Success Criterion 3.3.1: Error Identification

Understanding Success Criterion: 

If an input error is automatically detected, the item that is in error is identified and the error is described to the user in text.

Accessibility Level: 
A
Intent of Success Criterion: 

The intent of this Success Criterion is to ensure that users are aware that an error has occurred and can determine what is wrong. The error message should be as specific as possible. In the case of an unsuccessful form submission, re-displaying the form and indicating the fields in error is insufficient for some users to perceive that an error has occurred. Screen reader users, for example, will not know there was an error until they encounter one of the indicators. They may abandon the form altogether before encountering the error indicator, thinking that the page simply is not functional. Per the definition in WCAG 2.0, an "input error" is information provided by the user that is not accepted. This includes:

  • information that is required by the web page but omitted by the user, or
  • information that is provided by the user but that falls outside the required data format or allowed values.

For example:

  • the user fails to enter the proper abbreviation in to state, province, region, etc. field;
  • the user enters a state abbreviation that is not a valid state;
  • the user enters a non existent zip or postal code;
  • the user enters a birth date 2 years in the future;
  • the user enters alphabetic characters or parentheses into their phone number field that only accepts numbers;
  • the user enters a bid that is below the previous bid or the minimum bid increment.

Note: If a user enters a value that is too high or too low, and the coding on the page automatically changes that value to fall within the allowed range, the user's error would still need to be described to them as required by the success criterion. Such an error description telling the person of the changed value would meet both this success criterion (Error Identification) and Success Criterion 3.3.3 (Error Suggestion).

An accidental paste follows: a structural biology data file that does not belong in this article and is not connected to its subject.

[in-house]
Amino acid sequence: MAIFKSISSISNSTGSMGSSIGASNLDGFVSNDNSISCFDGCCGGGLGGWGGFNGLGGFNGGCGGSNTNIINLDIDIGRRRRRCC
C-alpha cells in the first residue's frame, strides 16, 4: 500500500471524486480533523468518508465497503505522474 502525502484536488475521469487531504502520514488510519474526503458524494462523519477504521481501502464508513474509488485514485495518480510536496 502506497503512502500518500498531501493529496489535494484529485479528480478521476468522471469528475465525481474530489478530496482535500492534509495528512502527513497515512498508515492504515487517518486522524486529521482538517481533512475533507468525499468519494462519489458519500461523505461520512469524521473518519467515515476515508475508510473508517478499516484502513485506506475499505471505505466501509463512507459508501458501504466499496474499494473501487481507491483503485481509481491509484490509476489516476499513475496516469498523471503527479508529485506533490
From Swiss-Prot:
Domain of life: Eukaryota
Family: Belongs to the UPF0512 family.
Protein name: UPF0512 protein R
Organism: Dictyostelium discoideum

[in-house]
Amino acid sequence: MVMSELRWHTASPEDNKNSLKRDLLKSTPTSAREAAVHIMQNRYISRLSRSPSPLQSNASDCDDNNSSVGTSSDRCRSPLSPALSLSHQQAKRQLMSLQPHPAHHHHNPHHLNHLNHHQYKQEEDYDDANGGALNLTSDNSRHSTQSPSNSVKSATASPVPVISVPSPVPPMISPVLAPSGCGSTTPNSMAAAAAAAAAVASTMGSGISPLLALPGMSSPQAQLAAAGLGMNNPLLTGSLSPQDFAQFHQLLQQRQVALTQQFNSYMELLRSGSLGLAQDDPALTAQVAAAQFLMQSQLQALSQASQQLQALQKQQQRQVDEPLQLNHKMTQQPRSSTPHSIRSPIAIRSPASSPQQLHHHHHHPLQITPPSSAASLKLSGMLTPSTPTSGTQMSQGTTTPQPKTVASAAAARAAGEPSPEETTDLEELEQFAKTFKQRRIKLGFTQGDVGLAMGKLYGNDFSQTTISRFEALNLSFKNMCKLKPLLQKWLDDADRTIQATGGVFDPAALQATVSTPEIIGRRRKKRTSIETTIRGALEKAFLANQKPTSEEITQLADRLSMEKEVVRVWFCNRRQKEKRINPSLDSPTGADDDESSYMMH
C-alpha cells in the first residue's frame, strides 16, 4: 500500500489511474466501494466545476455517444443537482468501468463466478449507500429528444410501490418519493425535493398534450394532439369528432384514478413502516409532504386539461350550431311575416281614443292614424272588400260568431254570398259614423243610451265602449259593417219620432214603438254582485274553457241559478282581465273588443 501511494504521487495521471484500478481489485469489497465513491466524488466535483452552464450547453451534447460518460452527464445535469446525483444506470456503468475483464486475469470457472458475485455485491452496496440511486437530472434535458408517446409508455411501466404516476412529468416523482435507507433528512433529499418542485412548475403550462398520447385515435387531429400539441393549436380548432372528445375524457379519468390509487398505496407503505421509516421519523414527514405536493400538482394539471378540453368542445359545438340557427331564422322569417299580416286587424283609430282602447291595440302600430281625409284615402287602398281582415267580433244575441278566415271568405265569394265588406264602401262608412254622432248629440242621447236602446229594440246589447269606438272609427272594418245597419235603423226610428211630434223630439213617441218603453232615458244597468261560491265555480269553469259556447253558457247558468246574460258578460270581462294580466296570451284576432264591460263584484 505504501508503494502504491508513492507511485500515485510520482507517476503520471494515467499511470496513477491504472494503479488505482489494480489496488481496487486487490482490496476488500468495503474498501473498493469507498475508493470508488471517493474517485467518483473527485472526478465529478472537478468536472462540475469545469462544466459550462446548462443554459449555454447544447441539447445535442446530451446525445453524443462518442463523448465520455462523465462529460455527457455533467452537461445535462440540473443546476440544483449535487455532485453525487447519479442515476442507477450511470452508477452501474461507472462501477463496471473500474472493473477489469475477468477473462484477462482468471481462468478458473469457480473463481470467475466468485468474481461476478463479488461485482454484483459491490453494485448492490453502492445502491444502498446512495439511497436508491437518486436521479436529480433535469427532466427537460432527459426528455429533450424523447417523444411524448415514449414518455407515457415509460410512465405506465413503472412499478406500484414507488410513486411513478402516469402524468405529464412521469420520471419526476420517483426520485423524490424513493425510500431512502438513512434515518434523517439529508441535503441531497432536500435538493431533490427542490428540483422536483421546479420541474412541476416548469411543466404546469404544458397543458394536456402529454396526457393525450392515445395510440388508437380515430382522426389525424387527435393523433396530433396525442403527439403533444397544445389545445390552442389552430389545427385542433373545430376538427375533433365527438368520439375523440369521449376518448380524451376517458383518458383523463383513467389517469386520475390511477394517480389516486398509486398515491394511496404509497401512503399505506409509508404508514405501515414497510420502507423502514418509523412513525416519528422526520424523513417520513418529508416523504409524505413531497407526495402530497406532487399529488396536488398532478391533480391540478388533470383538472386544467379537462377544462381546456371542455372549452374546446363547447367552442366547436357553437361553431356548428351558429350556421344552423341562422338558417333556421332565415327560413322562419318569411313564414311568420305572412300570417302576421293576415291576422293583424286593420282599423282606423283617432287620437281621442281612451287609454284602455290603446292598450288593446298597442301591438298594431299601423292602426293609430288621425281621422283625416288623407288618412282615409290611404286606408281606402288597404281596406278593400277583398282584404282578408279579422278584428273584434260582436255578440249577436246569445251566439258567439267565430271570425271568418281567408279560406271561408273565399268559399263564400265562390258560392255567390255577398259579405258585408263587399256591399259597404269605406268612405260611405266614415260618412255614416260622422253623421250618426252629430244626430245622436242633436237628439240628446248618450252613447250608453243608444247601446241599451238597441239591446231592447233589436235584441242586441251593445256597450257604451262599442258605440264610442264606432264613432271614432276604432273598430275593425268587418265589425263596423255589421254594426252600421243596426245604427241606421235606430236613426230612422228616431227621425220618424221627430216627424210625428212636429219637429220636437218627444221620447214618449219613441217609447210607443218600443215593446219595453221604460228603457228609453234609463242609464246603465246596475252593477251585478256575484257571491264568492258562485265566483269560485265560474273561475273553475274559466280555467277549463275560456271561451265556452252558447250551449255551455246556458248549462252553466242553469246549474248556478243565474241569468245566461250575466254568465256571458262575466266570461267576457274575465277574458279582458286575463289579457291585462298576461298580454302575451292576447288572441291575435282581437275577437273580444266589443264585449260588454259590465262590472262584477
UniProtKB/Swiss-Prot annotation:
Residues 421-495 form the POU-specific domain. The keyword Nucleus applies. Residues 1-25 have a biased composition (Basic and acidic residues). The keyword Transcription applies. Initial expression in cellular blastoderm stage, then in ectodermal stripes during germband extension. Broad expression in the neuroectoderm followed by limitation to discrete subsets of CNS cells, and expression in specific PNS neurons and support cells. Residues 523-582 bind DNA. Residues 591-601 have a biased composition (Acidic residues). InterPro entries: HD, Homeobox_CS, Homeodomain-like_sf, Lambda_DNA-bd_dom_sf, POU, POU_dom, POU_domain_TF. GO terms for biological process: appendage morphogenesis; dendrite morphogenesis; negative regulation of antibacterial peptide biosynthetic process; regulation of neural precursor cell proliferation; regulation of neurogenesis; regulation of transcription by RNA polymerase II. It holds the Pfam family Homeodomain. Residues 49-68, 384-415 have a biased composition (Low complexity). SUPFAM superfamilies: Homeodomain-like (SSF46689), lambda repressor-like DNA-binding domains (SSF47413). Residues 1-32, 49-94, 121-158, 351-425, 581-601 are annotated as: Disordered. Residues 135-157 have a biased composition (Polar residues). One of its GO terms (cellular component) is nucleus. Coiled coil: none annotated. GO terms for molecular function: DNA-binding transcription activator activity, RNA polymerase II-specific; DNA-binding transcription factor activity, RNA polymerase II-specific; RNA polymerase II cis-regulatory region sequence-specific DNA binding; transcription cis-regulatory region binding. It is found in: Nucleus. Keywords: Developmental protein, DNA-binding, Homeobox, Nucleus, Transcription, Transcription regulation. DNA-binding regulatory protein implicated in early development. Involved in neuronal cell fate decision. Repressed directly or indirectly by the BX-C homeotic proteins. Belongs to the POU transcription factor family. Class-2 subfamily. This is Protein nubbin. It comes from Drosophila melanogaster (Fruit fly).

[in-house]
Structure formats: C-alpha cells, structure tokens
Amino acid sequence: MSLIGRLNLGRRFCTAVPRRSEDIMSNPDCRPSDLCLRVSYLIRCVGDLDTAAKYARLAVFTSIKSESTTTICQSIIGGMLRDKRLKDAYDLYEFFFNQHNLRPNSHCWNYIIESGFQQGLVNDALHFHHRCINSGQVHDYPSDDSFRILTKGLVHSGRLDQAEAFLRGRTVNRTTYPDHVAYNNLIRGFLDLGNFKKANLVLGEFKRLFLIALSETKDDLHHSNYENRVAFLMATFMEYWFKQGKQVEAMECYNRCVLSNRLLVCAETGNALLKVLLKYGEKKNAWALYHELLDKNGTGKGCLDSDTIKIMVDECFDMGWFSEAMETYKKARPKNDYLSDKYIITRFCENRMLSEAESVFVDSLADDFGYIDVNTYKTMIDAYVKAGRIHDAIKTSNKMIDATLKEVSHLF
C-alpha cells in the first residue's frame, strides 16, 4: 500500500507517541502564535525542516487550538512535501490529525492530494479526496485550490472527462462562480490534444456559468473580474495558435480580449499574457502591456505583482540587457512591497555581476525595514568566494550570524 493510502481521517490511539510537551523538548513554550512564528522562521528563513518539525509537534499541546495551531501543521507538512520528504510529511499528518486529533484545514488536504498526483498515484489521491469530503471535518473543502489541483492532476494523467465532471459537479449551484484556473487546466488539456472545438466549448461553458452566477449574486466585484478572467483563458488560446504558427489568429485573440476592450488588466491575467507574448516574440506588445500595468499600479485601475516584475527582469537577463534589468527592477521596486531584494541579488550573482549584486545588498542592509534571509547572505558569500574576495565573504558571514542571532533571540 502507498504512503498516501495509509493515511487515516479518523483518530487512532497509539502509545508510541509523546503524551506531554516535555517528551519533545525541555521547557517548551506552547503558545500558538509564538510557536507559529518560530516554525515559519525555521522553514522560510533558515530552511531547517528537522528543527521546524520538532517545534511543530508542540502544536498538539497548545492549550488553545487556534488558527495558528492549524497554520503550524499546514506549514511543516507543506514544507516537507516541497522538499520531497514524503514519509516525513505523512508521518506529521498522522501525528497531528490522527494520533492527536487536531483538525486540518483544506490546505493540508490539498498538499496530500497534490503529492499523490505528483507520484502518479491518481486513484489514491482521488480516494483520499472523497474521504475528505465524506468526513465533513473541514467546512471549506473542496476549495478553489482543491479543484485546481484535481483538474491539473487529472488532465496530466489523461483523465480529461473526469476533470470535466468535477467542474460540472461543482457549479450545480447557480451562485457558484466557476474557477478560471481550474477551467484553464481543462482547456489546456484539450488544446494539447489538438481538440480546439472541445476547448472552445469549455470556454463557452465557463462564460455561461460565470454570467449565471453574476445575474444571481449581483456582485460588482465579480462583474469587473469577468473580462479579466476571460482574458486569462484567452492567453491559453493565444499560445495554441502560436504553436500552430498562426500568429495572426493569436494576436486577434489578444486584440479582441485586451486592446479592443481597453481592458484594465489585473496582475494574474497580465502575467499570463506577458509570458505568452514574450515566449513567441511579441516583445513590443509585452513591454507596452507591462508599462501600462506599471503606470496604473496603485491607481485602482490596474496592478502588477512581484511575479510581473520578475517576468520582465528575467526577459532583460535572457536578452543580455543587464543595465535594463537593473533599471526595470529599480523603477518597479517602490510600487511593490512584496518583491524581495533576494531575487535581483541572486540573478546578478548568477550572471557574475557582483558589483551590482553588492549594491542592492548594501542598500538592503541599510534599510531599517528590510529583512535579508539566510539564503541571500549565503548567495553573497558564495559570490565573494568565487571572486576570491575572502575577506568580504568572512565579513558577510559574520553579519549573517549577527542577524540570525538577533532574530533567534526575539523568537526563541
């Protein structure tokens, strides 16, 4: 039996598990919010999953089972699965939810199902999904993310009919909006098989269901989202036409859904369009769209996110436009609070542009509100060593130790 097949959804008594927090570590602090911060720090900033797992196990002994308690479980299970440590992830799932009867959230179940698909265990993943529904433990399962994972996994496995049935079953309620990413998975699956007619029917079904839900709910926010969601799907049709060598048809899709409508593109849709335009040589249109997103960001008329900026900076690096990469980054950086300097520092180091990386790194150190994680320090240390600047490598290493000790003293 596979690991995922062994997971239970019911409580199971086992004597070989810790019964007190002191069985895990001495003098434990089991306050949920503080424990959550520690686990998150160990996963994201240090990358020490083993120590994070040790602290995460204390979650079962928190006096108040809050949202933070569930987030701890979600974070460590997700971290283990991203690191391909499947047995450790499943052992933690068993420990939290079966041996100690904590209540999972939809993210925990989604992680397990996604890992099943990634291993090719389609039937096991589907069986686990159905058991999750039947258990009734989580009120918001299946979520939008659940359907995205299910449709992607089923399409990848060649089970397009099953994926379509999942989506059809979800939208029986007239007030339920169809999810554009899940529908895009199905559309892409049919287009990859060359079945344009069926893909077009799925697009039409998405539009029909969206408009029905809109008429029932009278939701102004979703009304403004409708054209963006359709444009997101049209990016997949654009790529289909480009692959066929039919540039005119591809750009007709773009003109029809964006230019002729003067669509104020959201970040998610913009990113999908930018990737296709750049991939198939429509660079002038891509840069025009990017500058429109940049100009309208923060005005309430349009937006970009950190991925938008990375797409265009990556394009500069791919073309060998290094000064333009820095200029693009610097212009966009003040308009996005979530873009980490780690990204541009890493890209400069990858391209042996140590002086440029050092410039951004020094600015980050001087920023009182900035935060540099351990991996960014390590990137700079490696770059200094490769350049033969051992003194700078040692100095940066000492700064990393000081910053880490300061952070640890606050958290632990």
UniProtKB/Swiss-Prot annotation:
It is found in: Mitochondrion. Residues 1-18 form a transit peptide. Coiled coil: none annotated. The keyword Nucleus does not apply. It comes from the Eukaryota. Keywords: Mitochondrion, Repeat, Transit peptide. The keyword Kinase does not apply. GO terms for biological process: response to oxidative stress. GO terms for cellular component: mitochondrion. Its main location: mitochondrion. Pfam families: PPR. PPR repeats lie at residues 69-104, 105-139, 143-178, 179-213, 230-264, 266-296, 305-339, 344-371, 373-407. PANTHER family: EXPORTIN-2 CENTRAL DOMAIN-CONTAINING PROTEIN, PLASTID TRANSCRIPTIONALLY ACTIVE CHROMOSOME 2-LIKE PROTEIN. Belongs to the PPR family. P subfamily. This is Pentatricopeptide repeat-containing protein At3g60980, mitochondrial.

The identification and description of an error can be combined with programmatic information that user agents or assistive technologies can use to identify an error and provide error information to the user. For example, certain technologies can specify that the user's input must not fall outside a specific range, or that a form field is required. Currently, few technologies support this kind of programmatic information, but the Success Criterion does not require, nor prevent it.
It is perfectly acceptable to indicate the error in other ways such as image, color etc, in addition to the text description.
See also Understanding Success Criterion 3.3.3 Error Suggestion.

Specific Benefits of Success Criterion: 
  • Providing information about input errors in text allows users who are blind or colorblind to perceive the fact that an error occurred.
  • This Success Criterion may help people with cognitive, language, and learning disabilities who have difficulty understanding the meaning represented by icons and other visual cues.